Five men accused of planning the September 11, 2001 attacks in the US have appeared before a military judge at the Guantanamo Bay to face charges that could lead to their execution.
The defendants, including Khalid Sheikh Mohammed, who is accused of masterminding the attacks, were being arraigned on Saturday under heavy security at the US base in Cuba.
The five face charges that include terrorism and 2,976 counts of murder each for their alleged roles planning and aiding the attacks by hijackers aboard four airliners which destroyed the World Trade Center in New York and damaged the US defence department headquarters at the Pentagon, near Washington DC.
The five men could face the death penalty if convicted.
Saturday's hearing is the first time the five have been in court in nearly three-and-a-half years. US President Barack Obama put their previous tribunal on hold in a failed effort to move the case to civilian court.
Khalid Sheikh Mohammed has mocked the tribunal and said in previous court appearances that he welcomed execution.
As the arraignment got under way, defendants removed their earphones and refused to listen to a translation of the judge's questions.
Mohammed declined to answer the judge's questions about whether he was satisfied with his US military and civilian lawyers.
Steven Kay, an international criminal lawyer in London, said Mohammed had been "waterboarded" by US interrogators for over 180 times and that confessions extracted through torture would be disregarded.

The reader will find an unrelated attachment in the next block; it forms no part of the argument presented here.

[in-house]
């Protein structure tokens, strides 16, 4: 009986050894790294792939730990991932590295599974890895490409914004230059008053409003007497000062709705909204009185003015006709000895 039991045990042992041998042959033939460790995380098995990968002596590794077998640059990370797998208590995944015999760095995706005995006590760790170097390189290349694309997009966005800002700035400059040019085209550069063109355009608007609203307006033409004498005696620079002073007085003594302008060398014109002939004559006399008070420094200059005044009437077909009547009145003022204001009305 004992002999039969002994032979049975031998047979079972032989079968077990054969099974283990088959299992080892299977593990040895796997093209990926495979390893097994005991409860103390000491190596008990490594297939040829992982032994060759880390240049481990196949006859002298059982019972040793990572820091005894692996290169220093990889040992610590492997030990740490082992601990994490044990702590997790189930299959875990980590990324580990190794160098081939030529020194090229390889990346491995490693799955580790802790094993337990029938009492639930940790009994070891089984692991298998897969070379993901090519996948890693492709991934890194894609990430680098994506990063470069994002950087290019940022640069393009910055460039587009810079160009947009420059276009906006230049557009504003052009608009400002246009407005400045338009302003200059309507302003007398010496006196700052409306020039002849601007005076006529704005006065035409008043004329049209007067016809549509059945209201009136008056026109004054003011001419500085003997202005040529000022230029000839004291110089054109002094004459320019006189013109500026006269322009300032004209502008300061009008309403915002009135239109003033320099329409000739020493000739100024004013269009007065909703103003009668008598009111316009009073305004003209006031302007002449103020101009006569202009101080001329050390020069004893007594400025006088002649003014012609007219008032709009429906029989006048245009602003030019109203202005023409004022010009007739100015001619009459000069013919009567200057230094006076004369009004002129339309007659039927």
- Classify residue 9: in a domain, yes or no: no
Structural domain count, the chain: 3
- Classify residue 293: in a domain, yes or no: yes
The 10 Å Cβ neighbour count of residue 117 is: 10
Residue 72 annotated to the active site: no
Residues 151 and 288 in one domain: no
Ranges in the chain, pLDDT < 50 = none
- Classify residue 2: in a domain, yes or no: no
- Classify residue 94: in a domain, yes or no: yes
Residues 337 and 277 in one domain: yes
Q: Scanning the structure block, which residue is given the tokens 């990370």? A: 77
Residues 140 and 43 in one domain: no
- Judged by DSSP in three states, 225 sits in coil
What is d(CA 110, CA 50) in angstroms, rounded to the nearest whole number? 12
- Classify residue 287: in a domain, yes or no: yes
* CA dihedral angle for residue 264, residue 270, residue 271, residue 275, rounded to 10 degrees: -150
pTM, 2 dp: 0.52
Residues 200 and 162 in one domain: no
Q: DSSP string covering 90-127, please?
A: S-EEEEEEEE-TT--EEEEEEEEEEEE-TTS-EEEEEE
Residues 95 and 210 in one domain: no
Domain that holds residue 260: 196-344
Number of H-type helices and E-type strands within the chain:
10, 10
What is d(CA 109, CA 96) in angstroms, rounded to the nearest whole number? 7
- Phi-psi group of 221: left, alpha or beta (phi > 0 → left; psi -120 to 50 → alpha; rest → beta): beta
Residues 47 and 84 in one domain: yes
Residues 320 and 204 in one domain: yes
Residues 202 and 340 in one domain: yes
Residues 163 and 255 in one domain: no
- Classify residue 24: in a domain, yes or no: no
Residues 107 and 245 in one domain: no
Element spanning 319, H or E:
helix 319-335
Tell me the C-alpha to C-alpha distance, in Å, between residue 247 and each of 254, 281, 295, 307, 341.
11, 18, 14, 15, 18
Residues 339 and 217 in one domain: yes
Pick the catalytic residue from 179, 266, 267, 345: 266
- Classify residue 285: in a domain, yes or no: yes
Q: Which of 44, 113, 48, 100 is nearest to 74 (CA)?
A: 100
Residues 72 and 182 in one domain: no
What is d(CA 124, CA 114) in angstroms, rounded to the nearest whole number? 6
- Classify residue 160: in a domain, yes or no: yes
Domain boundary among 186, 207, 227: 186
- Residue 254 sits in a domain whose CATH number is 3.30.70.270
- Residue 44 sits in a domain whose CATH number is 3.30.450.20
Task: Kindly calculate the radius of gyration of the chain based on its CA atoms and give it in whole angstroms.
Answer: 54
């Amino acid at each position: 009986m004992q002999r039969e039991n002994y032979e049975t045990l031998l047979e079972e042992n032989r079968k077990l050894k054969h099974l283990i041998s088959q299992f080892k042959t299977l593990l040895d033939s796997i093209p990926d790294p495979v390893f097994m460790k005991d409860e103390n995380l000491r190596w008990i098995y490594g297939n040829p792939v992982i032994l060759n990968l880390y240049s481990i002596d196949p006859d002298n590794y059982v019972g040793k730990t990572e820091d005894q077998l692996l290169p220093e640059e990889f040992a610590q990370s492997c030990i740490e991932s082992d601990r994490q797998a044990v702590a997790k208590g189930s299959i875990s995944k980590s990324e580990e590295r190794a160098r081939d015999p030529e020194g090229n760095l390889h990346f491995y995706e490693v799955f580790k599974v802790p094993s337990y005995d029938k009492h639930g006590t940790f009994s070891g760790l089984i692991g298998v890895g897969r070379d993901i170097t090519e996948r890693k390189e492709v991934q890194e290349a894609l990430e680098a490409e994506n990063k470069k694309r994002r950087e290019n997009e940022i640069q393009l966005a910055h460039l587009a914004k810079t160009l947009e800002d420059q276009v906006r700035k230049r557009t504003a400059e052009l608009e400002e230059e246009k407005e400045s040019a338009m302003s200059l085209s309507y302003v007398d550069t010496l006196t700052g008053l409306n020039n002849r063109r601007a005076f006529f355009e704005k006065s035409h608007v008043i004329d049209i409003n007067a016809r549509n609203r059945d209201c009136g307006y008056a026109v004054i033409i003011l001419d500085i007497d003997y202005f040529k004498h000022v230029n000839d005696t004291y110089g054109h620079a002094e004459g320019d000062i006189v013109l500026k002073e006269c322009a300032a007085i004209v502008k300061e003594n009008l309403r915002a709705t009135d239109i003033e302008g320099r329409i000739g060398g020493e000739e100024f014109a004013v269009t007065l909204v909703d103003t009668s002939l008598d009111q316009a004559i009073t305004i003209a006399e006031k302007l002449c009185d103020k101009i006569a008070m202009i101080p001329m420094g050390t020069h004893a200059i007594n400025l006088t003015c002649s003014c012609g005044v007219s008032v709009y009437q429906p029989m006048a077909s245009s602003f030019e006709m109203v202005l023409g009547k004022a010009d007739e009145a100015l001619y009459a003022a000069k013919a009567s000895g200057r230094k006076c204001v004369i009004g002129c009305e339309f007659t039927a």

"Statements obtained by coercion cannot be used as evidence, however the laws do not say that evidence obtained by coercion is inadmissible," he said.
"The circumstances under which they made such admissions, how reliable were they? Mohammed had been waterboarded [simulated drowning] 183 times as disclosed within the US military intelligence records.
"I'm afraid this whole business since George Bush [Obama's predecessor] introduced the military trials has gone out of control.
"If the Americans had gone down the proper and orthodox path when dealing with these suspected terrorists, and provided a justice system that was coherent, rational and based upon sound principles, they would not be in the mess that they are in now."
The trial is being broadcast on closed-circuit TV after James Pohl, the lead military judge, ruled that remote viewing locations were necessary because of the significant public interest in the trials.
Pohl's order sets aside five viewing sites for families of September 11 victims, survivors and emergency personnel who responded to the attack.
Those will be at Fort Meade, Fort Hamilton and another site in New York City, Joint Base McGuire Dix in Lakehurst, New Jersey and Fort Devens, Massachusetts.
Dozens of journalists as well as relatives of September 11 victims were expected to attend the hearing.
Closed-circuit broadcast opposed
Lawyers for some defendants opposed the closed-circuit broadcast on the grounds that the proceedings should be open to anyone to see, not just broadcast by closed-circuit TV at certain locations.
"We want it more transparent and more open," said Cheryl Bormann, a lawyer for defendant Waleed bin Attash. "We believe that the world needs to see what's happening."
This is the second time that the US has attempted to prosecute the five prisoners at Guantanamo.
Obama's administration withdrew the charges and sought to move the case to a civilian court in the US as part of an effort to close the prison on the base in Cuba.
But the administration was forced to reverse course because of opposition in Congress and by New York City officials who said the case posed too great of a security threat.
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|Allen L. Jasson|